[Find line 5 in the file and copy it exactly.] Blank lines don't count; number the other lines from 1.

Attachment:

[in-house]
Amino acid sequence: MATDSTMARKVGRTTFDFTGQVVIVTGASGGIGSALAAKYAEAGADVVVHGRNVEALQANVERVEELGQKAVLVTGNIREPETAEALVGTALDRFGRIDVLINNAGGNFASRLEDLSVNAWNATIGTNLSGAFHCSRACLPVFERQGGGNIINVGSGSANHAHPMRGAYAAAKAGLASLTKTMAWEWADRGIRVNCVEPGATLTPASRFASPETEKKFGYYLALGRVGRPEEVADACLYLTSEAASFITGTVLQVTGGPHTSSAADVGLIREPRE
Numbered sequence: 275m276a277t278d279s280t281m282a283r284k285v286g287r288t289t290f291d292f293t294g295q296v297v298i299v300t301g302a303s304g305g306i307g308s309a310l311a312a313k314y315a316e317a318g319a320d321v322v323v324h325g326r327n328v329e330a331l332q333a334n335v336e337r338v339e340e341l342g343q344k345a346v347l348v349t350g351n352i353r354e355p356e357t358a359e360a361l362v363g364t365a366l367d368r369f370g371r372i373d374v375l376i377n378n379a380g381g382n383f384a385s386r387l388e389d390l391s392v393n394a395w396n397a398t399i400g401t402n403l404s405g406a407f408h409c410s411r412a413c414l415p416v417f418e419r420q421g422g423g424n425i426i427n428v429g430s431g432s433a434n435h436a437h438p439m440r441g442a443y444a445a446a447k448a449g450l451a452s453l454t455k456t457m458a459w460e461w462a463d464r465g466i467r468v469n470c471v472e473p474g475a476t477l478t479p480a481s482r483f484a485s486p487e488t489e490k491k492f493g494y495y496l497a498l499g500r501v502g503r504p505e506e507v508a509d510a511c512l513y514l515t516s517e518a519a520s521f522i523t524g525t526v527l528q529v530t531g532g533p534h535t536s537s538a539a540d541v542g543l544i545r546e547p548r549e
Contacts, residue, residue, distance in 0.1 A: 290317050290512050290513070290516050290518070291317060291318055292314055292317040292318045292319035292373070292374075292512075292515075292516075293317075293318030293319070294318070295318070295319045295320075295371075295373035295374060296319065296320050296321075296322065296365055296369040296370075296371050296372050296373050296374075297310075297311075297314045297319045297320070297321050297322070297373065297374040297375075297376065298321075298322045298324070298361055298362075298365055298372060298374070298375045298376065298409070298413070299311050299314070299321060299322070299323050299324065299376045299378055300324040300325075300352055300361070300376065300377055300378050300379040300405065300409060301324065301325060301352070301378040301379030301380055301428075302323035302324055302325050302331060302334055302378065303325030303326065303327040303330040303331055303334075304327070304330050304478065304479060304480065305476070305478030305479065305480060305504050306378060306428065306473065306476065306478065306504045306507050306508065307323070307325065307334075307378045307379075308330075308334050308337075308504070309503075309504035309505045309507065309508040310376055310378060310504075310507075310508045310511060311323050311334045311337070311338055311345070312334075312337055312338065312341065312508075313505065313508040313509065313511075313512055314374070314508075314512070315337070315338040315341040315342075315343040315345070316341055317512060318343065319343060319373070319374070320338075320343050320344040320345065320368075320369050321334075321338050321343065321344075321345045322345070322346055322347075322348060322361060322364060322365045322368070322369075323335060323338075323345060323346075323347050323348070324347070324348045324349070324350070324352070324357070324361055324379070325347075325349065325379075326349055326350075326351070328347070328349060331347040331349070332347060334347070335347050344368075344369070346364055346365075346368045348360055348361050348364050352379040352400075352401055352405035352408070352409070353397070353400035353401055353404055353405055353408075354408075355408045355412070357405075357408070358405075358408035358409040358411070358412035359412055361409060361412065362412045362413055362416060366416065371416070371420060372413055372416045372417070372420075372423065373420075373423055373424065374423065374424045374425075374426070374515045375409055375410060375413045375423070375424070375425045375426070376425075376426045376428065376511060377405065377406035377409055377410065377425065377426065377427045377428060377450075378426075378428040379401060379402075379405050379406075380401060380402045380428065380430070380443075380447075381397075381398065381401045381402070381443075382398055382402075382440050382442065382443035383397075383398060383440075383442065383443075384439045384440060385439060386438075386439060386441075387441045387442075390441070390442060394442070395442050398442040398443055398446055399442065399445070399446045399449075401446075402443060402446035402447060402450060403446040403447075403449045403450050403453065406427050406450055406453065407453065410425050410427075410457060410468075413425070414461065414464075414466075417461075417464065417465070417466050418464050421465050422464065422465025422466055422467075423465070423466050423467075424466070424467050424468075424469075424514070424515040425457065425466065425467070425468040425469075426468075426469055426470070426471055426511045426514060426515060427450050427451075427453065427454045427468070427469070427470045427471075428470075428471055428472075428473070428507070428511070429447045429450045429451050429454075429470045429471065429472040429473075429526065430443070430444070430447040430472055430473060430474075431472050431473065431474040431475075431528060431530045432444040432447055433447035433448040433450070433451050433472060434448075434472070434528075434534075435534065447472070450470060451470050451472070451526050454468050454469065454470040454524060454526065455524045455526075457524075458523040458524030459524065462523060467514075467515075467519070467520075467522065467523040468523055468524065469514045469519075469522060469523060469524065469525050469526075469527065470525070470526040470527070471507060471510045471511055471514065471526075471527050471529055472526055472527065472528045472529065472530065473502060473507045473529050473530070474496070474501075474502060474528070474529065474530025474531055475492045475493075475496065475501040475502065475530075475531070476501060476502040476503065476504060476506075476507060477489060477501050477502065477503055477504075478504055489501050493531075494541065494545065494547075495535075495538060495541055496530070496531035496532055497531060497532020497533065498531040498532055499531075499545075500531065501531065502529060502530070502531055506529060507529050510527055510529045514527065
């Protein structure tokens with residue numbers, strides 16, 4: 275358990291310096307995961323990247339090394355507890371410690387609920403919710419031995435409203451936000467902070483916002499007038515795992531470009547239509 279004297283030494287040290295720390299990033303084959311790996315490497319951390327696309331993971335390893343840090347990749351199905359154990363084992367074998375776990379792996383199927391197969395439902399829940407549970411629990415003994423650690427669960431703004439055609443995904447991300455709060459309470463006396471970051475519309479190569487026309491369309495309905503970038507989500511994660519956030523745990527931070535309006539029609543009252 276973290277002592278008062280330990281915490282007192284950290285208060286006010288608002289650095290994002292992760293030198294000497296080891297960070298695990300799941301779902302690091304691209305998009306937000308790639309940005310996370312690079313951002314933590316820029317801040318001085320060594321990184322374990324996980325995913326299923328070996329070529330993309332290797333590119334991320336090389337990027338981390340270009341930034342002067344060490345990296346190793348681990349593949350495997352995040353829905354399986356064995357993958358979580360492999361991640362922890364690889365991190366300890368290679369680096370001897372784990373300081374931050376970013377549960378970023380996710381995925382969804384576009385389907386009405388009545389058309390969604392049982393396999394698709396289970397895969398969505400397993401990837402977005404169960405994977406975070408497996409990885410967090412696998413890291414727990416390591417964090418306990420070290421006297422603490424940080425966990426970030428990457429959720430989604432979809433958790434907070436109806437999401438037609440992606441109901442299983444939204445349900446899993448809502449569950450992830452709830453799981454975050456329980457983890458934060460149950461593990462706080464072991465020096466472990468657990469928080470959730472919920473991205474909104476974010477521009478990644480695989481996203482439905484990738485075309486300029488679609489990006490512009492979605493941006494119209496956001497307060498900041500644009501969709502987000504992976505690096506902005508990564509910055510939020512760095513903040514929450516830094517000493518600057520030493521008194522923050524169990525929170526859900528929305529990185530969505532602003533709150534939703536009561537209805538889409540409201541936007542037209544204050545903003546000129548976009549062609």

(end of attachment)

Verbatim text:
């Protein structure tokens with residue numbers, strides 16, 4: 275358990291310096307995961323990247339090394355507890371410690387609920403919710419031995435409203451936000467902070483916002499007038515795992531470009547239509 279004297283030494287040290295720390299990033303084959311790996315490497319951390327696309331993971335390893343840090347990749351199905359154990363084992367074998375776990379792996383199927391197969395439902399829940407549970411629990415003994423650690427669960431703004439055609443995904447991300455709060459309470463006396471970051475519309479190569487026309491369309495309905503970038507989500511994660519956030523745990527931070535309006539029609543009252 276973290277002592278008062280330990281915490282007192284950290285208060286006010288608002289650095290994002292992760293030198294000497296080891297960070298695990300799941301779902302690091304691209305998009306937000308790639309940005310996370312690079313951002314933590316820029317801040318001085320060594321990184322374990324996980325995913326299923328070996329070529330993309332290797333590119334991320336090389337990027338981390340270009341930034342002067344060490345990296346190793348681990349593949350495997352995040353829905354399986356064995357993958358979580360492999361991640362922890364690889365991190366300890368290679369680096370001897372784990373300081374931050376970013377549960378970023380996710381995925382969804384576009385389907386009405388009545389058309390969604392049982393396999394698709396289970397895969398969505400397993401990837402977005404169960405994977406975070408497996409990885410967090412696998413890291414727990416390591417964090418306990420070290421006297422603490424940080425966990426970030428990457429959720430989604432979809433958790434907070436109806437999401438037609440992606441109901442299983444939204445349900446899993448809502449569950450992830452709830453799981454975050456329980457983890458934060460149950461593990462706080464072991465020096466472990468657990469928080470959730472919920473991205474909104476974010477521009478990644480695989481996203482439905484990738485075309486300029488679609489990006490512009492979605493941006494119209496956001497307060498900041500644009501969709502987000504992976505690096506902005508990564509910055510939020512760095513903040514929450516830094517000493518600057520030493521008194522923050524169990525929170526859900528929305529990185530969505532602003533709150534939703536009561537209805538889409540409201541936007542037209544204050545903003546000129548976009549062609």